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  1. #51

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    I don't think any one single method or teacher can teach someone EVERYTHING that needs to be known to play jazz guitar, whether it's Conti or anyone else. All I can say is that my technique and jazz vocabulary has improved immensely because of Conti's videos, and in a very short time period. Specifically, his so-called "fingering protocol" that he insists you use with his videos was groundbreaking for me. I thought it was too complicated at first, but within a few days, I found myself following his protocol automatically. It has helped my dexterity and knowledge of the fretboard immensely.

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  3. #52

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    Personally, I am learning more from transcribing Jimmy Raney solos than from anything else...so I would think that learning Conti solos would be a pretty effective way of learning how to improvise. When you learn a master's solo (I'd call Conti a master) you are not just transcribing notes but rather an entire approach to how to treat certain harmonic passages, or how to approach a solo in general. But I think anyone would get way more out of the process if they tried to learn most of it by ear and then only used the sheets to fill in the gaps or check their work. At least, I did.

  4. #53

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    I met Robert Conti briefly when he was playing an upscale restaurant gig on Mother's Day in RI back around the mid - '80's! He was playing solo guitar alla Joe Pass, mostly ballads, and he was great. In fact, I prefer his ballad playing to his prestissimo bebop solos. The man can play.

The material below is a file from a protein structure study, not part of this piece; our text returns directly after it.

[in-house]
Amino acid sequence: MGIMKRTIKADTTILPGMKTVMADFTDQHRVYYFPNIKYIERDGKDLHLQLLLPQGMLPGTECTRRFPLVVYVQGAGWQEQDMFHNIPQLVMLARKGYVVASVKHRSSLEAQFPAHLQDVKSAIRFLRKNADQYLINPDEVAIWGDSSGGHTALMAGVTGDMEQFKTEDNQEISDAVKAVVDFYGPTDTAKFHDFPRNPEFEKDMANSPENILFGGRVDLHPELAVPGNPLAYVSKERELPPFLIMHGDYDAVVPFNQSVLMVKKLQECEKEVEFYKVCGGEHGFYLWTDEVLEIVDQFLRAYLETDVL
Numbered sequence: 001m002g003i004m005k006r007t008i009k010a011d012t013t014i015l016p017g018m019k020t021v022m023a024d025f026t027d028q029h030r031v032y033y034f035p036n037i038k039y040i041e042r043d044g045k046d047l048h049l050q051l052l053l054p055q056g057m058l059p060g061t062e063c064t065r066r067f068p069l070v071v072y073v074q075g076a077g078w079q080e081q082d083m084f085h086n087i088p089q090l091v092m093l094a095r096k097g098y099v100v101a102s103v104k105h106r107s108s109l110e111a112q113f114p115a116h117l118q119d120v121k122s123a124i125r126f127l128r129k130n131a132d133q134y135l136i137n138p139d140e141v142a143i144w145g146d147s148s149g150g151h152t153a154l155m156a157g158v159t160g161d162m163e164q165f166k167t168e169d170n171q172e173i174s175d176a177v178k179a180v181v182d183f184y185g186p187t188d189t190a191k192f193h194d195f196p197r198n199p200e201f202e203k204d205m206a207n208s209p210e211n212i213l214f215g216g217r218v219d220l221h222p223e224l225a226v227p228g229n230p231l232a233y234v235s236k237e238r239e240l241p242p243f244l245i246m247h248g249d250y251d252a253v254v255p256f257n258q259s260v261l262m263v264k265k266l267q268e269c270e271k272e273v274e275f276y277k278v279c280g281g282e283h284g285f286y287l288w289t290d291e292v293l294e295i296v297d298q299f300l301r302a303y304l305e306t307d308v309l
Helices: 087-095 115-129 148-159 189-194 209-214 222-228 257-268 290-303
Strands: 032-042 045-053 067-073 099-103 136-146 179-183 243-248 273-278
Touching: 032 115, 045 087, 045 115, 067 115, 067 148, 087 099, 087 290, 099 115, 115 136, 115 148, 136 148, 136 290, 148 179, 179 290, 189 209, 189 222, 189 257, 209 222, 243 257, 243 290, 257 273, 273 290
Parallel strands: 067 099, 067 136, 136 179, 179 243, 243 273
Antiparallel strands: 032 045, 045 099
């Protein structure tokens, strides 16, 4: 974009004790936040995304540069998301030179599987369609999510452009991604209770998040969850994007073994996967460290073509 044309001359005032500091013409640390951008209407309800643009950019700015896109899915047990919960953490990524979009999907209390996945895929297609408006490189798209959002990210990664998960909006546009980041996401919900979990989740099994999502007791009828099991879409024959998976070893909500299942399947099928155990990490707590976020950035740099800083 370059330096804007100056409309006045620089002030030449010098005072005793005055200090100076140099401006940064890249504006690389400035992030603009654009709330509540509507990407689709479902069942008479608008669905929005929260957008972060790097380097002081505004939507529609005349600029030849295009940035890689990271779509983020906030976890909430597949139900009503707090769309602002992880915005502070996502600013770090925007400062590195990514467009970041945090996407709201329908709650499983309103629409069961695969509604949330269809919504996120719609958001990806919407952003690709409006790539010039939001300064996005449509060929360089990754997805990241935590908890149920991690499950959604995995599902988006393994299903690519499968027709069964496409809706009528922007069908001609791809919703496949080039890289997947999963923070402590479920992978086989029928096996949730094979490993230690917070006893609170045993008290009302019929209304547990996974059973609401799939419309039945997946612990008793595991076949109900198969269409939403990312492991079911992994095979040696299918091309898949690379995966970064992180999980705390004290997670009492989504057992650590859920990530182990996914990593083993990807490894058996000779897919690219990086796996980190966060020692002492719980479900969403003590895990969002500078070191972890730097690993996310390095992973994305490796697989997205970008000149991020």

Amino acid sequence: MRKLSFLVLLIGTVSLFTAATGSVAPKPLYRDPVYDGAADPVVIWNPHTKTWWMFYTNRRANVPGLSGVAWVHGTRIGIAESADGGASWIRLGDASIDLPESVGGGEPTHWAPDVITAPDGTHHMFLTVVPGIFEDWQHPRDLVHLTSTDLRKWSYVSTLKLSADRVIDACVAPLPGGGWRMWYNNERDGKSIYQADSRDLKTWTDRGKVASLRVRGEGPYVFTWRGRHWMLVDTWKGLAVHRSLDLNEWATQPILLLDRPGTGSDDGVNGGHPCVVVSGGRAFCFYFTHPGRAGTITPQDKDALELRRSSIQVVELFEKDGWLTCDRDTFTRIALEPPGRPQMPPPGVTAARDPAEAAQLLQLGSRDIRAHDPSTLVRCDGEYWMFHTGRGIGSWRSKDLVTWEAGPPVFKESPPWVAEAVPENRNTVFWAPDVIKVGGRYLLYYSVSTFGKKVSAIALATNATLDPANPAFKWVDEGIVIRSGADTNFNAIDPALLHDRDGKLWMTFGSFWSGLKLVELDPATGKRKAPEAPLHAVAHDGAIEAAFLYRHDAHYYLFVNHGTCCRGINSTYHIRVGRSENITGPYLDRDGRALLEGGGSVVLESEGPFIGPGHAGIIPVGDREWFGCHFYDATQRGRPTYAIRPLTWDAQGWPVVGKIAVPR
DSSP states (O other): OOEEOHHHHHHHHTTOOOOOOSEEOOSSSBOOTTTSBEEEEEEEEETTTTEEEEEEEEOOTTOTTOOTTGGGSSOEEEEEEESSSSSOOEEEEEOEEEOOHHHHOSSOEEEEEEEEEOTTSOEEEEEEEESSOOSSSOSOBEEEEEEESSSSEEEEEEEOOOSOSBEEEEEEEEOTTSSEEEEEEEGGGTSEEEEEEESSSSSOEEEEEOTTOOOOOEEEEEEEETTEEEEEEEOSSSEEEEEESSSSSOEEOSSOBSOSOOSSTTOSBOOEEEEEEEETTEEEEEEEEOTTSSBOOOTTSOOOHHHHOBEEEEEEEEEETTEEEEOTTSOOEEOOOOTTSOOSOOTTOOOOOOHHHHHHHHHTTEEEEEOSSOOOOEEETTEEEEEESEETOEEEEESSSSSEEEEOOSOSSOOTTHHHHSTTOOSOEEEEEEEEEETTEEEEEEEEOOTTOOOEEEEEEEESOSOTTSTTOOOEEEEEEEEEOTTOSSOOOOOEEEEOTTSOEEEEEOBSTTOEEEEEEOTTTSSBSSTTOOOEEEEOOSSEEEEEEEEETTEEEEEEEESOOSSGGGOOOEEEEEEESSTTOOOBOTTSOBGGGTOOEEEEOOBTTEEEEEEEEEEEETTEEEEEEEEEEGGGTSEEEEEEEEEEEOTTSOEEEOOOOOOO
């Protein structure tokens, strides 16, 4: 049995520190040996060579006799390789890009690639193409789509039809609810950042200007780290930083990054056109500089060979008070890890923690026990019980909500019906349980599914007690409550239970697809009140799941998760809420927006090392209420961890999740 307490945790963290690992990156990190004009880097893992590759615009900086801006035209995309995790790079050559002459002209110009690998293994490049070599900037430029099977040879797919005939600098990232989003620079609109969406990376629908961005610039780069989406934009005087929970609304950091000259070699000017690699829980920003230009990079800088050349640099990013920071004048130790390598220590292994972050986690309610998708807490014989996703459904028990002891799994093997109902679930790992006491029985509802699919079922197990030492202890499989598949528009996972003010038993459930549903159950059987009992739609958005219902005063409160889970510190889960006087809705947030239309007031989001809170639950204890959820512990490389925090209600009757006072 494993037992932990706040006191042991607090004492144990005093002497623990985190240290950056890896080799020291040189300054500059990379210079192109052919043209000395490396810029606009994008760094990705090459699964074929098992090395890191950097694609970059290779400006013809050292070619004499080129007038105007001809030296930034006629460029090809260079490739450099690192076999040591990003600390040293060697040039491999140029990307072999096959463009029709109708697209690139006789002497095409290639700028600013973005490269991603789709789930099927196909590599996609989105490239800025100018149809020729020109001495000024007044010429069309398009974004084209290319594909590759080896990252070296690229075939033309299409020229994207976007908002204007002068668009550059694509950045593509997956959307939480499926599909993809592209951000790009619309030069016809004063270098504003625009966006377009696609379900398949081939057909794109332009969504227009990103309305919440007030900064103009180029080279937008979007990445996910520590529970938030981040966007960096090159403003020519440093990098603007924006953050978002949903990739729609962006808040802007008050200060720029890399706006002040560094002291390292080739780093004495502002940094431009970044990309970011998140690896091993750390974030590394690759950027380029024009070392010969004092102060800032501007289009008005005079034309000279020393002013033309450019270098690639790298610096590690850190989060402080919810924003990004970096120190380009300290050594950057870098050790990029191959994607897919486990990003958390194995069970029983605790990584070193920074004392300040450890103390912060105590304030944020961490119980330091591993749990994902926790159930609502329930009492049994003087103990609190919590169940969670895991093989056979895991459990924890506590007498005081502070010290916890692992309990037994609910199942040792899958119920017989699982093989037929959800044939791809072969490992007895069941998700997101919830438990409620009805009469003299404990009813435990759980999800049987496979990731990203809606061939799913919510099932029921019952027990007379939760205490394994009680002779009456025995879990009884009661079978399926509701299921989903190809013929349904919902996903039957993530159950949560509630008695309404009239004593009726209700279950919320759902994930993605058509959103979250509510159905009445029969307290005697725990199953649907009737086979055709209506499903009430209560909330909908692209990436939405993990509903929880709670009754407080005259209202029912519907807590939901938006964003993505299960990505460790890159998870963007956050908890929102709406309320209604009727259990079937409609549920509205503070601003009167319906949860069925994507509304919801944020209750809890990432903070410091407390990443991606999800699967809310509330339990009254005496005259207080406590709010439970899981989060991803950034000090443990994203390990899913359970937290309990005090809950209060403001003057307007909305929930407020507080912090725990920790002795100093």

I think there is a lot to be gained from learning to play jazz tunes, including transcribed solos occasionally, although I feel you learn more if you create your own solos. Theory itself is the explanation of why specific phrases sound good. It informs a well crafted musical piece or song. But it doesn't compose or play the notes.

    The idea of teaching jazz guitar is daunting. if I were to try teaching individuals, I would start with the requirement that they learn to read notation, classical diatonic scales, detailed chord studies and construction, and ear training. Then I would walk them through jazz standards at various levels of sophistication. But not so much in terms of memorizing a series of exact jazz phrases or "licks" (a term I hate), but rather the gist of the phrase. How the guitarist or other instrumentalist shapes his melodies and harmonies.